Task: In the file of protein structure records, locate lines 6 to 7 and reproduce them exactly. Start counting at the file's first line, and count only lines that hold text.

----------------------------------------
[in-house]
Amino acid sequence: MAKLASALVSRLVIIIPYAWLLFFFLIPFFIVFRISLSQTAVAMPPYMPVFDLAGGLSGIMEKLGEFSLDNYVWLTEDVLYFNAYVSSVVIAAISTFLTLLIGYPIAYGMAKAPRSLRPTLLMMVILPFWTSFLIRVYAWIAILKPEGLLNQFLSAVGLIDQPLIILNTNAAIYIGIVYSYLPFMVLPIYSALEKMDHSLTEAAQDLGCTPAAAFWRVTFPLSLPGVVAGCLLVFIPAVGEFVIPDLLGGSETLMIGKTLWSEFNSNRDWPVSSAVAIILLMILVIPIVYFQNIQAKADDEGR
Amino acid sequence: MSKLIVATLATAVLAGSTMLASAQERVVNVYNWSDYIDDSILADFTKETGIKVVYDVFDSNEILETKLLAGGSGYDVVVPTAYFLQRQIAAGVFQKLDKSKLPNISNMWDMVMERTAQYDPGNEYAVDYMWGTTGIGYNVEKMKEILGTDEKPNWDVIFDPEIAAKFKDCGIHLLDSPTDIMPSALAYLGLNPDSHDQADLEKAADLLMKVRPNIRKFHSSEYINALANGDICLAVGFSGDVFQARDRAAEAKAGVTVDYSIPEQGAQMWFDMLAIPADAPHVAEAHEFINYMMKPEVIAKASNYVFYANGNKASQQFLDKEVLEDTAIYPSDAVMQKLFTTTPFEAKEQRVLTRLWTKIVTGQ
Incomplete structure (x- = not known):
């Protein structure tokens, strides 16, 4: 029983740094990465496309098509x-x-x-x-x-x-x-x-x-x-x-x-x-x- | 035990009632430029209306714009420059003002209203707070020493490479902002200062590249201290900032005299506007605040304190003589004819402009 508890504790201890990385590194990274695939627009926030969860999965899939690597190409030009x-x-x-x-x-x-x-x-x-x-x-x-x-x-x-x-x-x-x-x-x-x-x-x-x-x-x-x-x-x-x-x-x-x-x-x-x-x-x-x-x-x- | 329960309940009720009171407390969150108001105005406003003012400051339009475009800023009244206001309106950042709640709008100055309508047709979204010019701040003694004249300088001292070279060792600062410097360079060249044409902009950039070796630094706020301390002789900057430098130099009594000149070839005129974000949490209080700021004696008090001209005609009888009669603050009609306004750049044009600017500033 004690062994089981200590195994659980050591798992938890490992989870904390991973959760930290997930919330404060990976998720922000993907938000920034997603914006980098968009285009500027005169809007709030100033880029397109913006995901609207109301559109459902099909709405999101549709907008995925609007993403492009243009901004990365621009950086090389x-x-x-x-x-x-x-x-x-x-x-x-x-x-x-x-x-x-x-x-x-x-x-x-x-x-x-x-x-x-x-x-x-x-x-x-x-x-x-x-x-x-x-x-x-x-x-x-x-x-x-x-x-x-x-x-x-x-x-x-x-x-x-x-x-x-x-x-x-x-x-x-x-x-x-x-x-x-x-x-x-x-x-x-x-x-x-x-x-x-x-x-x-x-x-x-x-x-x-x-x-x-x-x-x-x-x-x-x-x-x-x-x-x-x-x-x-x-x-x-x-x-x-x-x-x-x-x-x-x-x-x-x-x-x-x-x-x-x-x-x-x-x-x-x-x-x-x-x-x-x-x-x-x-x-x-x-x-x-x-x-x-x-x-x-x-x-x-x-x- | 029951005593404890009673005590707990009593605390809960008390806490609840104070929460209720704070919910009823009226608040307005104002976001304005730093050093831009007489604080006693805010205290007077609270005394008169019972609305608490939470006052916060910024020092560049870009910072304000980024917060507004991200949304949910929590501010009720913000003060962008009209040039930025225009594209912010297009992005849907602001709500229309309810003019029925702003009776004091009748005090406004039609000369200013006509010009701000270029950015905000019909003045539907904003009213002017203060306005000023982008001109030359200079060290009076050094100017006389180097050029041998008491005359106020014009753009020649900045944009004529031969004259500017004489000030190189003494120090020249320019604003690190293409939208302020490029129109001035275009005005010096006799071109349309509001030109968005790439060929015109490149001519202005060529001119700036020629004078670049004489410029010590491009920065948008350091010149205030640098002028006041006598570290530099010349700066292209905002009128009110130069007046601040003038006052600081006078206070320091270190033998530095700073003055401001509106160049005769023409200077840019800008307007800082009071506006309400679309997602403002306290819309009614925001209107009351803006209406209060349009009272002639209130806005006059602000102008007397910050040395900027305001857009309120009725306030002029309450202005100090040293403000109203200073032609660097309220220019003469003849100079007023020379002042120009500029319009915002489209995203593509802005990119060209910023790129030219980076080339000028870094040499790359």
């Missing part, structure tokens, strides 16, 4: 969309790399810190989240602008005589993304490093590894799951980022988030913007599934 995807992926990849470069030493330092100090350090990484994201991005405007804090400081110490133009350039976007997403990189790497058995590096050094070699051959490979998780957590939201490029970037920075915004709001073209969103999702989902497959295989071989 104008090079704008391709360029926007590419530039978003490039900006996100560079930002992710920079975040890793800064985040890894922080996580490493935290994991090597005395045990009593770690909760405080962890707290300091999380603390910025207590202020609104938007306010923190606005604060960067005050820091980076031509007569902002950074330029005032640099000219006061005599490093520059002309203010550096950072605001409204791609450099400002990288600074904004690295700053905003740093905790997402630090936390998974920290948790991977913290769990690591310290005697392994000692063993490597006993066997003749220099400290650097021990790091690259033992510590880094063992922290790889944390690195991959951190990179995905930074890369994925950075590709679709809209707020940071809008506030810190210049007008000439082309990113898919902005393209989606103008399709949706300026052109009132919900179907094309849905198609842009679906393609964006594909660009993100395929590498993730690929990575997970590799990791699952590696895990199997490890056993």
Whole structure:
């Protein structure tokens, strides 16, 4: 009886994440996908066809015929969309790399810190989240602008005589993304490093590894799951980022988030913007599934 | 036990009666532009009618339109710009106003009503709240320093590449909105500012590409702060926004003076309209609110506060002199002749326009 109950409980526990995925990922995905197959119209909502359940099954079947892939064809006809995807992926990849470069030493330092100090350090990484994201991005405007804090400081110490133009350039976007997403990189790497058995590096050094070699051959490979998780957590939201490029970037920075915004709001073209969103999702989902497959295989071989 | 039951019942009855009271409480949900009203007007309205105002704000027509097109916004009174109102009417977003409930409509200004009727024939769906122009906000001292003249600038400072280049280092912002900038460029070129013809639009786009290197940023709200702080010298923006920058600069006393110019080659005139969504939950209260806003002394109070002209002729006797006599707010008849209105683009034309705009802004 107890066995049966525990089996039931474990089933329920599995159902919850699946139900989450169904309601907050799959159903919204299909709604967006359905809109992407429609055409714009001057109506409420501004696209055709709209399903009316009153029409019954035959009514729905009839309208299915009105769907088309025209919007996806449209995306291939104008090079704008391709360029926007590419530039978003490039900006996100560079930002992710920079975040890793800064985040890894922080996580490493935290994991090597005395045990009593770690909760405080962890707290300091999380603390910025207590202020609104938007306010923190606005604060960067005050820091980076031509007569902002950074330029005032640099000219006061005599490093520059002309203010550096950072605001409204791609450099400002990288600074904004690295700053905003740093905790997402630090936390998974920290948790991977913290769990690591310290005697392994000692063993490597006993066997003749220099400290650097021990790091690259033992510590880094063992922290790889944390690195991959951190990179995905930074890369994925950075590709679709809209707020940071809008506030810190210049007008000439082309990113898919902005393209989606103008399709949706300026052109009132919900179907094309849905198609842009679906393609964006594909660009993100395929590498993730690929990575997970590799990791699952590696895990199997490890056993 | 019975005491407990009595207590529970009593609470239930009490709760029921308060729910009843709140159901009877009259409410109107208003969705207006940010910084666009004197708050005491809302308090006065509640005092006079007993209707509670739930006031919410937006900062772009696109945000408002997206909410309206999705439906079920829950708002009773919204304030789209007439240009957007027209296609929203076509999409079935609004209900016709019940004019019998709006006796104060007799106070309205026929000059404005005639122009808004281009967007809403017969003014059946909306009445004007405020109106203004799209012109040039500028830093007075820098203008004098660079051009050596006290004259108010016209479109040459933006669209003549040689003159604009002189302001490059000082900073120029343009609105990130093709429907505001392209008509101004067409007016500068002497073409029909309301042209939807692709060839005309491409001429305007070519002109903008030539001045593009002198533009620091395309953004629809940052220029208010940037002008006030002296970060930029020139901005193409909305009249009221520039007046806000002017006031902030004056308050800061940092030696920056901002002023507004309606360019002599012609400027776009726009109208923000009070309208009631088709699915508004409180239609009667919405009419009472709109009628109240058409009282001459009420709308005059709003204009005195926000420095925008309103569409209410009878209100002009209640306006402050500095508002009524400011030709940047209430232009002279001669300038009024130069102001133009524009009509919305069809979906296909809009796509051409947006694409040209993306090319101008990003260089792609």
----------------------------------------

């Missing part, structure tokens, strides 16, 4: 969309790399810190989240602008005589993304490093590894799951980022988030913007599934 995807992926990849470069030493330092100090350090990484994201991005405007804090400081110490133009350039976007997403990189790497058995590096050094070699051959490979998780957590939201490029970037920075915004709001073209969103999702989902497959295989071989 104008090079704008391709360029926007590419530039978003490039900006996100560079930002992710920079975040890793800064985040890894922080996580490493935290994991090597005395045990009593770690909760405080962890707290300091999380603390910025207590202020609104938007306010923190606005604060960067005050820091980076031509007569902002950074330029005032640099000219006061005599490093520059002309203010550096950072605001409204791609450099400002990288600074904004690295700053905003740093905790997402630090936390998974920290948790991977913290769990690591310290005697392994000692063993490597006993066997003749220099400290650097021990790091690259033992510590880094063992922290790889944390690195991959951190990179995905930074890369994925950075590709679709809209707020940071809008506030810190210049007008000439082309990113898919902005393209989606103008399709949706300026052109009132919900179907094309849905198609842009679906393609964006594909660009993100395929590498993730690929990575997970590799990791699952590696895990199997490890056993």
Whole structure: